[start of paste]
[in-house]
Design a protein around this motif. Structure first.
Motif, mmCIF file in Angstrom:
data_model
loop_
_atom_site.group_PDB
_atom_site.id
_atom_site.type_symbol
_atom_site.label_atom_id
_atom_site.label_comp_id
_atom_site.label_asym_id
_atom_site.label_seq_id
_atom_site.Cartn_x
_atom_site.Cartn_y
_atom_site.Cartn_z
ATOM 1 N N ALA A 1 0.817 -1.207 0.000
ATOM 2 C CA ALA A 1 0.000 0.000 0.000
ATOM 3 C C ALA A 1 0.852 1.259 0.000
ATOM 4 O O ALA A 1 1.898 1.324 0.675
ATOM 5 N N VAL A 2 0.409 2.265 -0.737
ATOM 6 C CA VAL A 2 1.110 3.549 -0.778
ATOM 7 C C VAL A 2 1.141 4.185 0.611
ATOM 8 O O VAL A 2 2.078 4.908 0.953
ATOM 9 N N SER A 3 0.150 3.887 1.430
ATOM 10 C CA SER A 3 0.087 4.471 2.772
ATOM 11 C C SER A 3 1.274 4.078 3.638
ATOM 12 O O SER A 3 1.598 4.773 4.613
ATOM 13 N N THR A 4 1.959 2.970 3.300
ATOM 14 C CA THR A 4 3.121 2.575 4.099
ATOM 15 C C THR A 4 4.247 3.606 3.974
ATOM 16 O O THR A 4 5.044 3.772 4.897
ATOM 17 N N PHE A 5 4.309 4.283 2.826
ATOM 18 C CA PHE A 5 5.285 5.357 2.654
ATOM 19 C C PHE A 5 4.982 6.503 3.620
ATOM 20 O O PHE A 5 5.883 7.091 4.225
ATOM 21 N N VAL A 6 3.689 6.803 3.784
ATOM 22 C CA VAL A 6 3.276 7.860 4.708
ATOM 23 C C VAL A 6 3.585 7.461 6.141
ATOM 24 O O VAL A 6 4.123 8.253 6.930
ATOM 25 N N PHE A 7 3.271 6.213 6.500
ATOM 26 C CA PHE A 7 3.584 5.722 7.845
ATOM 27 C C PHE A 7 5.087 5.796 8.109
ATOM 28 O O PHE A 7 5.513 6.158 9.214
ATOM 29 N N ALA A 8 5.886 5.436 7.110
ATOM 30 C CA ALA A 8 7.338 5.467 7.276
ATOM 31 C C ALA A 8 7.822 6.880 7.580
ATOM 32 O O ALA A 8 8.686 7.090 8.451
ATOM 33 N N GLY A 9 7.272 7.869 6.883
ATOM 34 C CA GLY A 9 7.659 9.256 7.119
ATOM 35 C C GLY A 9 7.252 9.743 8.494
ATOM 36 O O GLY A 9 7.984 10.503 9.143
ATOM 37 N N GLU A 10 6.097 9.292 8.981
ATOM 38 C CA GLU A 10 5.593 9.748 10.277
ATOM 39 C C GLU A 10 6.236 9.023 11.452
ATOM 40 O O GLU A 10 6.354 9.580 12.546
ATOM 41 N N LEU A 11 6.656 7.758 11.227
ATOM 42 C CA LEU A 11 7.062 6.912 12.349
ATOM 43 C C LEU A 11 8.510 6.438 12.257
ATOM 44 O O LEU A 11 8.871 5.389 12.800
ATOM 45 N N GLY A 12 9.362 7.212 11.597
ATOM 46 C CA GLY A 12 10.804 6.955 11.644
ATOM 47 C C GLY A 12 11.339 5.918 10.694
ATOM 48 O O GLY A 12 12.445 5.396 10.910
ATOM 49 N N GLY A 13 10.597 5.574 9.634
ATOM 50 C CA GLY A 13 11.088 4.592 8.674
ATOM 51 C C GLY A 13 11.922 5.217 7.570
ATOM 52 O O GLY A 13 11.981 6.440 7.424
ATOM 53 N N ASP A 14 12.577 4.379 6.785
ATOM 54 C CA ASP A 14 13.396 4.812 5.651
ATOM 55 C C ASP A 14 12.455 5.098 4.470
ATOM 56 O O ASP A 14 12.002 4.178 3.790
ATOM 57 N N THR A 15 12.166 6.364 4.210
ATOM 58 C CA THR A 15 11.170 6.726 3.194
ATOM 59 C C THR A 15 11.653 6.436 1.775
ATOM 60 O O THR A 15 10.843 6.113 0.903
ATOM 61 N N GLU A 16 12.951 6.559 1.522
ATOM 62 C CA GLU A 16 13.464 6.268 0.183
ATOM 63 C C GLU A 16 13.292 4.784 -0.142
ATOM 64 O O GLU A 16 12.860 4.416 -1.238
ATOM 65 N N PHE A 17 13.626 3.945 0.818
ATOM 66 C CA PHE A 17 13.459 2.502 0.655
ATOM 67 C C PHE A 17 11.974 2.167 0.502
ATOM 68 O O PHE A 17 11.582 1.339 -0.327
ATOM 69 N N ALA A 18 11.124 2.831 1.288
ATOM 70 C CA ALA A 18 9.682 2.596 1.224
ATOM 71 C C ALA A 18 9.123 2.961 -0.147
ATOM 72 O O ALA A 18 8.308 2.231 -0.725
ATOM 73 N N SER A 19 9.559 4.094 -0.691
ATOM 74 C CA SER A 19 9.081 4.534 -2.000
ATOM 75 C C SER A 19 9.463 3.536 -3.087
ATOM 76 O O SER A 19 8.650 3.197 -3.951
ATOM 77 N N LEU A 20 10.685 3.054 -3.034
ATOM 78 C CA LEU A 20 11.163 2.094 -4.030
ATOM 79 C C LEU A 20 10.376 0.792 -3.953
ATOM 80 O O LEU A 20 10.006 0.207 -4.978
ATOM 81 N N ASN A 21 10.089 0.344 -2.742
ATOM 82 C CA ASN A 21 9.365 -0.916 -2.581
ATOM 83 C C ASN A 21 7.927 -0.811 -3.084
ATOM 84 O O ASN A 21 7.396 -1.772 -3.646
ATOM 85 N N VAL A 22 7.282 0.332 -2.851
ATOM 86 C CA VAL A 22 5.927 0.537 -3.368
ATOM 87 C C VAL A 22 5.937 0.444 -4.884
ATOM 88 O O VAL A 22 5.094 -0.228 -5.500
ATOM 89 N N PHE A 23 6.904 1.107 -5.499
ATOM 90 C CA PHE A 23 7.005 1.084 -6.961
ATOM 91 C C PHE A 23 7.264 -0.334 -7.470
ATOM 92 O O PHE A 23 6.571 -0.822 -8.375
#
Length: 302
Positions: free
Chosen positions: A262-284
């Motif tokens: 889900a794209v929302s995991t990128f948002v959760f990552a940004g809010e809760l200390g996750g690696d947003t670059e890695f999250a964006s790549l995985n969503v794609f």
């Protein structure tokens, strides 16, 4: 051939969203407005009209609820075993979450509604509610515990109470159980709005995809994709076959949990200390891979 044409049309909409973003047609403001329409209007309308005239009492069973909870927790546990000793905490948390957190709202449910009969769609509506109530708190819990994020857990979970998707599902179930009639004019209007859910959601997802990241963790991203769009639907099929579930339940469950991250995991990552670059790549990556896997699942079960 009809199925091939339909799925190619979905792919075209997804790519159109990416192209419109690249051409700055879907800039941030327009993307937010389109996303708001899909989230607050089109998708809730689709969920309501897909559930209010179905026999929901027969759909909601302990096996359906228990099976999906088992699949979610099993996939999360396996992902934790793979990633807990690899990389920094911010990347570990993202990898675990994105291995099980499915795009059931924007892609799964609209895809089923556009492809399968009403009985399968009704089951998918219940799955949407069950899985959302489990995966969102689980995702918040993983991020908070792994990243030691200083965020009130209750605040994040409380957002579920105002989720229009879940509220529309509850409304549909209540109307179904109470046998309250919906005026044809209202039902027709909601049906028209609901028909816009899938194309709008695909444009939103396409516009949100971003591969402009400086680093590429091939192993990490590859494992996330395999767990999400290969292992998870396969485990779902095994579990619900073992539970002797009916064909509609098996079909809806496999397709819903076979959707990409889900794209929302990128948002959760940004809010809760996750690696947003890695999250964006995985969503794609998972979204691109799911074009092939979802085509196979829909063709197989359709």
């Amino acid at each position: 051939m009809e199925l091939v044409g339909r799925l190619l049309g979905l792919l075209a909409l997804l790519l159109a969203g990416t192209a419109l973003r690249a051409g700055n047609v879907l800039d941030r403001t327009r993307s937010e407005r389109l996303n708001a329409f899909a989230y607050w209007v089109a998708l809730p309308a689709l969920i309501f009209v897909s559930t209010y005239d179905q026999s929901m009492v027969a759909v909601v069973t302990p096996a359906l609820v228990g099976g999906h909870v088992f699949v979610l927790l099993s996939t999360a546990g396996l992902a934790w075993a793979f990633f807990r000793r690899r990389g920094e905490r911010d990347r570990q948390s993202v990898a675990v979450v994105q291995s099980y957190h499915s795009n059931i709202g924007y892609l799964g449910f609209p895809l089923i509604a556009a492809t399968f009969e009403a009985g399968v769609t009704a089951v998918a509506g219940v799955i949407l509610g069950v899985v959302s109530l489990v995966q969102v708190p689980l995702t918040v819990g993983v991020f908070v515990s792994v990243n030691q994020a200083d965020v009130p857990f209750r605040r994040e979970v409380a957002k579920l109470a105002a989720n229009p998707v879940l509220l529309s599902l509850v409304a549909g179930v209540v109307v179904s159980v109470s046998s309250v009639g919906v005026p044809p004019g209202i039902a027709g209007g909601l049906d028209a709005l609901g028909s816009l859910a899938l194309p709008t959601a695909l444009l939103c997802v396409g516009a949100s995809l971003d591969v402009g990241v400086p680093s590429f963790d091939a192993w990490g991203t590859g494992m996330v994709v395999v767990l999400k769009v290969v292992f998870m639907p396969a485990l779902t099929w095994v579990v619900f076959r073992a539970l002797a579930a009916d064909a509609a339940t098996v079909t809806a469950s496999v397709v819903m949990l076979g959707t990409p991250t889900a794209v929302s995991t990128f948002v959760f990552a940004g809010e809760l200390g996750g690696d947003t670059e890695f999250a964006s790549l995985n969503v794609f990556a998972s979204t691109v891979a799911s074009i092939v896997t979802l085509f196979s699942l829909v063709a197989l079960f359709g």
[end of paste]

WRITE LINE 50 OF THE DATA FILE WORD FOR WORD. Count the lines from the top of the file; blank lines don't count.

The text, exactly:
ATOM 35 C C GLY A 9 7.252 9.743 8.494